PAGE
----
Language Configuration

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When displaying any kind of text on the screen (For example, when picking up a note and reading it), the mod refers to a file in which that text information is stored in. That file is called a language file. Each language has their own language files. For example, if your mod has English and Czech translations, you will have separate English and Czech language files.

Note icon.png Not every mod requires a language file. Only if your mod has notes, messages, translations and so on, it should have its own language file.

Setting Up Language Files

When configuring a language for a mod, you need to have two separate files: a base language file, and a main language file. For example, if your mod has English and Czech languages, you will have 4 language files in total. A language file's extension ends with .lang

The content of a language files is divided into categories, each category holds language entries. A language entry holds the actual text information. The following is an example of a simple language file:

<LANGUAGE>
      <Category Name="HelloWorld">
           <Entry Name="HelloWorld">Hello World!</Entry>
      </Category >
</LANGUAGE>
Attribute Description
LANGUAGE Each language file begins and closes with a <LANGUAGE> tag.
Category A language category. Inside, all of the language entries will be listed.
Category Name A category must have an internal name so it can be picked up by the game script and read data from.
Entry A language entry tag. This holds the actual text information Hello World!
Entry Name The name of the entry. Each entry needs to have a name attribute so the game will be able to read the text from it.
Icon tip.png Tip: Look at the structure of the main game's language files and try to mimic that in your own language file. There is no need to guess how to properly structure it if the main game already offers a solution for that.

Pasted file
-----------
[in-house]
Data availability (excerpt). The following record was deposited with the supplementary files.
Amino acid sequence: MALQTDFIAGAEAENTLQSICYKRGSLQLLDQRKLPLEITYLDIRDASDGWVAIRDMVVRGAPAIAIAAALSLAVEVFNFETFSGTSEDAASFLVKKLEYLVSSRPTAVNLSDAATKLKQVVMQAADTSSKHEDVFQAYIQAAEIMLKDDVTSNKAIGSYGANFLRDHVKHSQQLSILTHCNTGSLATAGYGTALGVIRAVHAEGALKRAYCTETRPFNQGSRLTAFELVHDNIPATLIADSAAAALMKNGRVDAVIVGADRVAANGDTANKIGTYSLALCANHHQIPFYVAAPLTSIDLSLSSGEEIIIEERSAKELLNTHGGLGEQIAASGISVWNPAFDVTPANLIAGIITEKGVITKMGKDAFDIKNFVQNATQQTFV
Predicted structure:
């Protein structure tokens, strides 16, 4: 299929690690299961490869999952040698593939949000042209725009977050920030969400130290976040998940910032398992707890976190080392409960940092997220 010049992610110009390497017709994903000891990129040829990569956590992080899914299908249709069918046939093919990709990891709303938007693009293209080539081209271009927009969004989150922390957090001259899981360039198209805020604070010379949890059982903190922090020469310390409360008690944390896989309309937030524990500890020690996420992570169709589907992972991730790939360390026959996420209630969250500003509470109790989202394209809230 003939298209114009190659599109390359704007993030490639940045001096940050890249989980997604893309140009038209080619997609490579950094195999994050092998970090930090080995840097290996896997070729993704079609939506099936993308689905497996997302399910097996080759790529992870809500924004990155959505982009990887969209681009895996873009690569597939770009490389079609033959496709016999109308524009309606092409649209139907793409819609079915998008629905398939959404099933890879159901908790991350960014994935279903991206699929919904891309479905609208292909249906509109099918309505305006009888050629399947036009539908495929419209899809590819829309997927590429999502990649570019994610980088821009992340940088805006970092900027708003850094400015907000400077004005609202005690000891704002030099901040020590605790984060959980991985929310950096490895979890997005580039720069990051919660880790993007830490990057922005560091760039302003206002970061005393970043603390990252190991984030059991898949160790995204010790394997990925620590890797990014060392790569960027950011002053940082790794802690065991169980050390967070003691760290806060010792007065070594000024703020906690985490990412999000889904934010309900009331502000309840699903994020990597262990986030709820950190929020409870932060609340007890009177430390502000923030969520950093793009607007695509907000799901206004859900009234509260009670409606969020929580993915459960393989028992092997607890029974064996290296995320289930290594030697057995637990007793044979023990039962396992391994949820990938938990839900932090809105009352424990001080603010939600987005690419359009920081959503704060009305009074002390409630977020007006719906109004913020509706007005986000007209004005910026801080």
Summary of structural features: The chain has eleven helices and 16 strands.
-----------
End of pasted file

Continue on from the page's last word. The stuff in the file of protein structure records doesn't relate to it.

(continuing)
Base Language File

The base language file holds text related to the main menu, key configuration, and general menu messages. It has a prefix base_ in the name. For example, a base English language file will be named like this: base_english.lang.

The file should be located inside the mod's config folder, unless specified otherwise in the Launch Configuration file.

Note icon.png Unless you are going to have a custom menu, or going to add new input keys to your mod, there is no need for your mod to have a base language file.

Main Language File

The main language file holds text related to in-game readables (such as notes), level names, game hints, item descriptions, etc. The name of file depends on the language it refers to. For example, an main English language file will be named like this: english.lang.

The file should be located inside the mod's config/lang folder, unless specified otherwise in the Launch Configuration file.

Overriding Existing Language File Categories

It is possible to override the main game's language categories and entries. It is useful if you want to change default values for certain text, or if you want to add new entries to a category. To override a main game language category simply create the same category in your own language file.

Note icon.png If you do not need to change the content of a certain category in your language file, do not copy it.

Example

Main game english.lang language file:

  <CATEGORY Name="GameOver">
	<Entry Name="DefaultMessage">You died</Entry>
	<Entry Name="PressToContinue">Press any button to try again...</Entry>
  </CATEGORY>

Mod's english.lang language file:

  <CATEGORY Name="GameOver">
	<Entry Name="DefaultMessage">You are dead. Not big surprise.</Entry>
	<Entry Name="PressToContinue">press to continue or something idk</Entry>
  </CATEGORY>

The game will use our custom GameOver category instead of the category from the main game language file, because we override it in our language file.